To minimize the effects to people with MCS you can:
· Purchase and use scent free or fragrance free body, hair and face products as much as possible
· Use natural cleaners such as baking soda and vinegar around the house and in your laundry (baking soda works great for laundry!)
· If you smoke, do so away from common walk ways and doorways, don’t smoke in enclosed spaces or when you’re in a big group of people, wash hands and face after smoking and wear an outer layer of clothing you can remove after you smoke
If you would like more information about scent and chemical sensitivity please follow the link below:
Posted by Gen Hayes at 1:24 PM
Posted by Gen Hayes at 11:30 AM
As you’ve probably heard, significant portions of Building 15 (the library) are scheduled to be renovated during the summer and fall quarters. We’re excited about the plans that are underway, and we want to provide you with an update about how that will impact the services currently offered in Building 15:
Spring Quarter Finals week
· During the current quarter, the last day that Library services will be available to students is Monday, June 11 (for checking out books, space in the library for quiet study, and study rooms) During the last 3 days of the quarter (June 12-14), the library portion of building 15 will be closed as the stacks of books and other library materials are moved to the old cafeteria. Limited reference support for students will be available during the week through the computer lab.
· During finals week, the following areas in Building 15 WILL STILL BE OPEN for service to students:
o Tutoring – will be offered in what is now the General Computer Lab behind the circulation desk. Students should enter through the east side of the building to access this service.
o Computer Lab – The computer lab in the old board room will be available to students throughout finals week. Students should enter through the door on the west side of the building (exterior door near the parking lot) that leads directly to the room.
o Math Lab – will be open throughout finals week. Entrance to the Math Lab will be through the east side of the building.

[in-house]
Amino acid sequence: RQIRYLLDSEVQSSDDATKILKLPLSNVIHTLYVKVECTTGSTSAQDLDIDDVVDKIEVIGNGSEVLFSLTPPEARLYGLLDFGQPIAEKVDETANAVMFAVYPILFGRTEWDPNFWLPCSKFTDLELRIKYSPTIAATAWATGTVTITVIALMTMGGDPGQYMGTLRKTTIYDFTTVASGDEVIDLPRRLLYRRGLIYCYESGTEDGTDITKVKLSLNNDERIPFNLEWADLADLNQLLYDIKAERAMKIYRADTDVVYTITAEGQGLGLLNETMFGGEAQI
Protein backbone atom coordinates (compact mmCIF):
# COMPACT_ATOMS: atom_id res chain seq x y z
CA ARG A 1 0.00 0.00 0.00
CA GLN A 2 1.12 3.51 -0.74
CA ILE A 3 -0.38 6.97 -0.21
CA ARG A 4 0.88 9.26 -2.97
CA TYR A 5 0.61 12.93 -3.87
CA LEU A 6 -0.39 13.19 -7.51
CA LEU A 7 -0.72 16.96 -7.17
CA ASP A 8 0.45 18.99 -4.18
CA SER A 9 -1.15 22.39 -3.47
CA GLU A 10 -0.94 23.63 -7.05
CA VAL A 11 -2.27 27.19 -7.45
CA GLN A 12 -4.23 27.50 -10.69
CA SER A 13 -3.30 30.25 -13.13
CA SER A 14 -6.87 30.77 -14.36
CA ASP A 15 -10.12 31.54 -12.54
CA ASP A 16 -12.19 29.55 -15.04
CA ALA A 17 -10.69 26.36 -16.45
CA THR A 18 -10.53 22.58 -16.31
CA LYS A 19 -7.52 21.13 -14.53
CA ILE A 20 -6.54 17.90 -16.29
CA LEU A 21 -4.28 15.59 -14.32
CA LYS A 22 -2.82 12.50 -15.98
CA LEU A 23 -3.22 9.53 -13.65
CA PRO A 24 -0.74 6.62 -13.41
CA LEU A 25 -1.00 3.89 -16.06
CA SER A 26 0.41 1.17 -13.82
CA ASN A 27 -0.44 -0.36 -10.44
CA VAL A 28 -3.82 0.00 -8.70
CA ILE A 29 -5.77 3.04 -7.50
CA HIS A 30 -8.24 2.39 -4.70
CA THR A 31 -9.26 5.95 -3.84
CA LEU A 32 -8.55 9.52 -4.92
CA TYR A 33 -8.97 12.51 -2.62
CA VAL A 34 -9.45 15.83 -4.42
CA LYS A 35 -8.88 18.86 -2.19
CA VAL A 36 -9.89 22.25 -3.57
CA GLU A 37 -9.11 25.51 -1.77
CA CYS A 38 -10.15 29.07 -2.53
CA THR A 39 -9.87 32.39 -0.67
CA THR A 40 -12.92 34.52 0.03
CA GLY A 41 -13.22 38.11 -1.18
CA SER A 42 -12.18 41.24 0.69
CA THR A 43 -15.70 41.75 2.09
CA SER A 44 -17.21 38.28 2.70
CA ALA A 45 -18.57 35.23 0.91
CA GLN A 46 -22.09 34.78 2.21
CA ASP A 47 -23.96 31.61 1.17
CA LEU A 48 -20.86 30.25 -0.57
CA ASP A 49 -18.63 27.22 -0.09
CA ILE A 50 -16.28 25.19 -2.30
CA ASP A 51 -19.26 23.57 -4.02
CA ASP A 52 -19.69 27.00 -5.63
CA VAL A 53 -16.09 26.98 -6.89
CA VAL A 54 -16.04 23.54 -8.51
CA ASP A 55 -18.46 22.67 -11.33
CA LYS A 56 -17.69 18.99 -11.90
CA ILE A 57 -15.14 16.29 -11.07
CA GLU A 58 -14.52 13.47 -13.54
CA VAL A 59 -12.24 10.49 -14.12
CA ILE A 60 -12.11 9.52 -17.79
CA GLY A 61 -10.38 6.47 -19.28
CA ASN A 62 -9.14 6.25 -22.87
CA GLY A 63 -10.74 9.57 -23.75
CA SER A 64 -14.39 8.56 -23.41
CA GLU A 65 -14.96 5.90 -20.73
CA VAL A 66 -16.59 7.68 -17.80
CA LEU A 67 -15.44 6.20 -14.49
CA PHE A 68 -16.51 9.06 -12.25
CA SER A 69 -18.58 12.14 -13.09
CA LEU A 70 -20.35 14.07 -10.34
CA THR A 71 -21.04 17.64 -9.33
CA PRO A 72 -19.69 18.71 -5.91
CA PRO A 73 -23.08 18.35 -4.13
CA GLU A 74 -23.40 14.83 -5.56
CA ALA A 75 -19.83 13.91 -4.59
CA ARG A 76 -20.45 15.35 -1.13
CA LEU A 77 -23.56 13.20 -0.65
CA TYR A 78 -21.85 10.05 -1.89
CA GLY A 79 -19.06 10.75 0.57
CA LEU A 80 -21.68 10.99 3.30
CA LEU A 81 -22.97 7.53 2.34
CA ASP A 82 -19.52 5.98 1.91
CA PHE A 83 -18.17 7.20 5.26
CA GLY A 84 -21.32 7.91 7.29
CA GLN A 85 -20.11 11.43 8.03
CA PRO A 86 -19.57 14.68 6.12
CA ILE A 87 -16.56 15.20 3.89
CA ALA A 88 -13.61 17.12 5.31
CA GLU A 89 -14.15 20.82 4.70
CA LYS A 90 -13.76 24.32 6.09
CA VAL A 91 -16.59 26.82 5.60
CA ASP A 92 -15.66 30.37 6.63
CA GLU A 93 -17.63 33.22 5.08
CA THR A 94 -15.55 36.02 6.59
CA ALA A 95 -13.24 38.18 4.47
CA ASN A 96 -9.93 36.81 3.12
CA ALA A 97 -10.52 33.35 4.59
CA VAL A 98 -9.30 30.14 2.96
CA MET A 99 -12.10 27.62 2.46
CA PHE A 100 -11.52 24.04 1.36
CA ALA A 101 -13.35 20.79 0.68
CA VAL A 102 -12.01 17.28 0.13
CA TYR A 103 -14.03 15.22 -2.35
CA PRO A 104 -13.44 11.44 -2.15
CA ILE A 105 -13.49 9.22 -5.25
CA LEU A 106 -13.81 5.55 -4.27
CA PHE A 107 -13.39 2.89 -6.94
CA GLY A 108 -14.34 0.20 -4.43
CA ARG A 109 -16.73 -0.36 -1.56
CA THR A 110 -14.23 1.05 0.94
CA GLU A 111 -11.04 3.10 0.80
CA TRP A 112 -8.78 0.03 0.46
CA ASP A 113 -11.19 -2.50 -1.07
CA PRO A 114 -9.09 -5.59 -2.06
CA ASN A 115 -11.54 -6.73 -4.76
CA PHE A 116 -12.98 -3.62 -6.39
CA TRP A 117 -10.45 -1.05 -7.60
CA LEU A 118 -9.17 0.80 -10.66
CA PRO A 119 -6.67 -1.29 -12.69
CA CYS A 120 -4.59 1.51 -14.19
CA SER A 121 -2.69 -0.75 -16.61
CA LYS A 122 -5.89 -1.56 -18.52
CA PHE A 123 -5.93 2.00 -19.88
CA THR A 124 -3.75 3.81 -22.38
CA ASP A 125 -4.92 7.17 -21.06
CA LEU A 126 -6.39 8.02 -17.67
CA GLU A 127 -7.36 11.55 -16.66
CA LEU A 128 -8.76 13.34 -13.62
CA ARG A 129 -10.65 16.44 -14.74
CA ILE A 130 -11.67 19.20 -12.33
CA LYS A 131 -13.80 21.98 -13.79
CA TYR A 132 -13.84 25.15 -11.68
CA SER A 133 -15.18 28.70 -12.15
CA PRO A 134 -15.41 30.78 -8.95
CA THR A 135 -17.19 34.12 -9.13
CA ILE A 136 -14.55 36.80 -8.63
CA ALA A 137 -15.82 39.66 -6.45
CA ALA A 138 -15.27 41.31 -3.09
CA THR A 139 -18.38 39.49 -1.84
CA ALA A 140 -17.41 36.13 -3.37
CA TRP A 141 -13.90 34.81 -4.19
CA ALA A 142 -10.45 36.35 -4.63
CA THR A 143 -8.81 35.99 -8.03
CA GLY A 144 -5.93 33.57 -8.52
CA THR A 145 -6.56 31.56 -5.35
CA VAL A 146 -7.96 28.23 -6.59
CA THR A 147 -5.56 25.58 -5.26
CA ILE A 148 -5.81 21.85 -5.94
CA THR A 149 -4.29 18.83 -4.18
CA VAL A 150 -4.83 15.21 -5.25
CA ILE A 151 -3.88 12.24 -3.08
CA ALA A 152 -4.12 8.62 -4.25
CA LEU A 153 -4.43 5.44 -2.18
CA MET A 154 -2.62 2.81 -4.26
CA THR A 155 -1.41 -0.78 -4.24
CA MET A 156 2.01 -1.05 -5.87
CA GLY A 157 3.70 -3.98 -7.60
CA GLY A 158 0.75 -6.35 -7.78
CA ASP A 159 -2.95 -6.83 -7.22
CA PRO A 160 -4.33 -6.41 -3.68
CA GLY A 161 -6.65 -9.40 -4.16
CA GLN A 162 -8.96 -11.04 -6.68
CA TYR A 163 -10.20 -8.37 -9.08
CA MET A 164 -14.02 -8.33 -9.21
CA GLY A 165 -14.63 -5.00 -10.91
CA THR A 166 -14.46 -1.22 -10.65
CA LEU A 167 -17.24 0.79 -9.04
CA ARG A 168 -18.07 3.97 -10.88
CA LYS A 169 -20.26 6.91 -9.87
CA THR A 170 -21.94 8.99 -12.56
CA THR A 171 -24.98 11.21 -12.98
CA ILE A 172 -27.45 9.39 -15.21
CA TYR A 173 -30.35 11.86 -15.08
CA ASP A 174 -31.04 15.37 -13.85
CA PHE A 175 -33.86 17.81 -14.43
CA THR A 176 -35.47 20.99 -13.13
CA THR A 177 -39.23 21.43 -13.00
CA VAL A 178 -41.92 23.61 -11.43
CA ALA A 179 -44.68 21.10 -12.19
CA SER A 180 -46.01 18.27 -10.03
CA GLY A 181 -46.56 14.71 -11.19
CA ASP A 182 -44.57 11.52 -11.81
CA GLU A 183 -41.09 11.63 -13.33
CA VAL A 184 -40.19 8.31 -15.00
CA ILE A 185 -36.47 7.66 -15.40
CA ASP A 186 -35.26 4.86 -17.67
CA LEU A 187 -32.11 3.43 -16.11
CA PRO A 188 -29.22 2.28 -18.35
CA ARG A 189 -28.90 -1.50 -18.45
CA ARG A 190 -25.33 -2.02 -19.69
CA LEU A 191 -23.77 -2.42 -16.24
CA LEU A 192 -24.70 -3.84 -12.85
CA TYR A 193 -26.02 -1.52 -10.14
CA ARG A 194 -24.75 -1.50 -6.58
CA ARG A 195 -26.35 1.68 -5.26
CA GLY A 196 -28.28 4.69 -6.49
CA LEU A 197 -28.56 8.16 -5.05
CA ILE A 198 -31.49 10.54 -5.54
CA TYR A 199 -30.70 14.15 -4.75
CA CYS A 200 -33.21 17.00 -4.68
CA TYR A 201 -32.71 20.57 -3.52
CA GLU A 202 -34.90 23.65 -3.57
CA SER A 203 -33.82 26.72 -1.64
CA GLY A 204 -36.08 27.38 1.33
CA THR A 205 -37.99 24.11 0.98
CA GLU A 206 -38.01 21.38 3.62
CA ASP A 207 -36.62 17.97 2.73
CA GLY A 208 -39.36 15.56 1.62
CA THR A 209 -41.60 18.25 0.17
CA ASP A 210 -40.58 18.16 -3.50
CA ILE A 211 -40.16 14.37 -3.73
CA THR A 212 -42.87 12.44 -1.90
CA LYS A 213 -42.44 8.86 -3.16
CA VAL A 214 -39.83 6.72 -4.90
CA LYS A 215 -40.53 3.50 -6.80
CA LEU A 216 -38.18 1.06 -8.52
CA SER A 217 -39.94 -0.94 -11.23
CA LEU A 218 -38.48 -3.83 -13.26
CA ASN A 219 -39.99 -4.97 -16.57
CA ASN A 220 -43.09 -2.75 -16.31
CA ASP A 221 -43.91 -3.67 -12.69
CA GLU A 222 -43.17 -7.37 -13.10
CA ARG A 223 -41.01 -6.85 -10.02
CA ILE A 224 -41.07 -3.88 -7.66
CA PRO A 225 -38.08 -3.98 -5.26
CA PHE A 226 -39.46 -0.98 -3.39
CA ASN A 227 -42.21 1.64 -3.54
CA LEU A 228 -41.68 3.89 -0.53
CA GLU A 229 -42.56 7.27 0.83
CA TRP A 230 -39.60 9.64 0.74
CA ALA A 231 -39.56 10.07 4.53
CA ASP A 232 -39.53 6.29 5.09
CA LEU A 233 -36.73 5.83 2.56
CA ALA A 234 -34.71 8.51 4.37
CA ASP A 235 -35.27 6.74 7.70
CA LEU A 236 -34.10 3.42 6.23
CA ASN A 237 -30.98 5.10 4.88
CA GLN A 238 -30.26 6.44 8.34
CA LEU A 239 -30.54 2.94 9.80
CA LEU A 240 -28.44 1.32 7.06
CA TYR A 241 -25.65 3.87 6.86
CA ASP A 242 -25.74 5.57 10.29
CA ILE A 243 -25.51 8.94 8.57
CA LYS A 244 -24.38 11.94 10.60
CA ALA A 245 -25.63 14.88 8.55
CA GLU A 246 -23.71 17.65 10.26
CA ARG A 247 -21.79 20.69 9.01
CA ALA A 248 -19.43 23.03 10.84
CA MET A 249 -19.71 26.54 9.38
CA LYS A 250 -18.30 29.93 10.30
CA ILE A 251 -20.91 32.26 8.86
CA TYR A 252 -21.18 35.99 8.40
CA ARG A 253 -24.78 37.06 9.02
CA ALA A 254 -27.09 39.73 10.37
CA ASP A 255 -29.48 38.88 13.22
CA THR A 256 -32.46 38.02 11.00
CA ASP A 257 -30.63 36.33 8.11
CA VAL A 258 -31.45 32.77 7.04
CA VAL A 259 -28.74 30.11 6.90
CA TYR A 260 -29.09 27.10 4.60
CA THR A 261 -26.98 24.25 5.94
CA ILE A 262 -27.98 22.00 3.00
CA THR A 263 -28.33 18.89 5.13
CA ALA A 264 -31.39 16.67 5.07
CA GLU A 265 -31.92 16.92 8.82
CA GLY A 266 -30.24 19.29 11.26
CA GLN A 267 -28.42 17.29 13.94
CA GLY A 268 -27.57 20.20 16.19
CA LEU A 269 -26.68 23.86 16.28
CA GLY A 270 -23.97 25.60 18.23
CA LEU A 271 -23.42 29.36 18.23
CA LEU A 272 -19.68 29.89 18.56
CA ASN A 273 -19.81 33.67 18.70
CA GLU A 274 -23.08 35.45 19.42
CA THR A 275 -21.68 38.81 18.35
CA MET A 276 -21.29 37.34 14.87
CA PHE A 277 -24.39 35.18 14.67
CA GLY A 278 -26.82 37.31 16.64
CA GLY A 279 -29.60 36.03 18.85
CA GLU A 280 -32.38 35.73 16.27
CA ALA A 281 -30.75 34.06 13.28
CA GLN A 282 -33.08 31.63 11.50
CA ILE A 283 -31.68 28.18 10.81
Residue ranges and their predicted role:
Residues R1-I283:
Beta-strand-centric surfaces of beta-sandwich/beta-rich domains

· Writing Lab – will not be available after Monday, June 11.
During summer quarter, the services currently offered in Building 15 will be available at the following locations:
· Library – The old cafeteria in building 15
· Tutoring – Building 17, Room 240
· Computer Lab – Building 23, Room 111
· Math Lab – Building 14, Room 102
· Writing Lab – Building 10, Room 118
· TLC – co-located with eLearning in Building 16
· Annex (Library room 104) – Building 11, Room 112
Posted by Gen Hayes at 11:10 AM
Here are some of the ways that regularly eating a healthy breakfast may help you lose excess weight and maintain your weight loss:
· Reduced hunger. Eating breakfast may reduce your hunger later in the day, which may make it easier to avoid overeating. When you skip breakfast, you may feel ravenous later and be tempted to reach for a quick fix — such as vending machine candy or doughnuts at the office. In addition, the prolonged fasting that occurs when you skip breakfast can increase your body's insulin response, which in turn increases fat storage and weight gain. In fact, skipping breakfast actually increases your risk of obesity.
· Healthy choices. Eating breakfast may get you on track to make healthy choices all day. When you eat breakfast, you tend to eat a healthier overall diet, one that is more nutritious and lower in fat. When you skip breakfast, you're more likely to skip fruits and vegetables the rest of the day, too.
· More energy. Eating breakfast may give you energy, increasing your physical activity during the day. A healthy breakfast refuels your body and replenishes the glycogen stores that supply your muscles with immediate energy. Skipping breakfast is associated with decreased physical activity.
So, if you skip breakfast — whether you're trying to save time or cut calories — you may want to reconsider, especially if you're trying to control your weight.
Tips on Eating a Quick and Healthy Breakfast
- Pick 2-3 foods, including at least one from each of the following food groups:
-bread and grain (i.e.cereal, toast, muffin)
-milk and milk product (i.e. low-fat yogurt, low-fat milk)
-fruit or vegetable group (i.e bananas, apples, carrots)
- Pick up portable breakfast items when at the grocery store. You should buy foods like fruit, low-fat yogurt, whole grain breakfast bars, or granola bars for those mornings when you have to eat breakfast on the go.
- Replace or accompany that morning cup of coffee with a glass of orange juice or milk.
- Make an omelette! You can shorten preparation time by chopping up your vegetables ahead of time.
- Get up 15 minutes earlier. You can fix and consume a healthy breakfast in 15 minutes or less.
- Plan ahead to eat breakfast. This means you should decide what you are going to eat for breakfast before the next morning. You can save time by putting out the box of cereal or cutting up some fruit the night before.
Posted by Gen Hayes at 11:00 AM
Thursday, May 24, 2012
Wednesday, May 23, 2012
Eight students in the Engineering Club at Clover Park Technical College volunteered to staff the main registration table for the CSI Regional Convention. This 3 day event involved serving for more than 30 hours helping with setup and registration. Eight Construction Specifications Institute chapters and over 120 members attended from the Northwest Region. One highlight was a special event banquet held at the new LeMay-America’s Car Museum on Friday night.
Posted by Shawn Jennison at 2:51 PM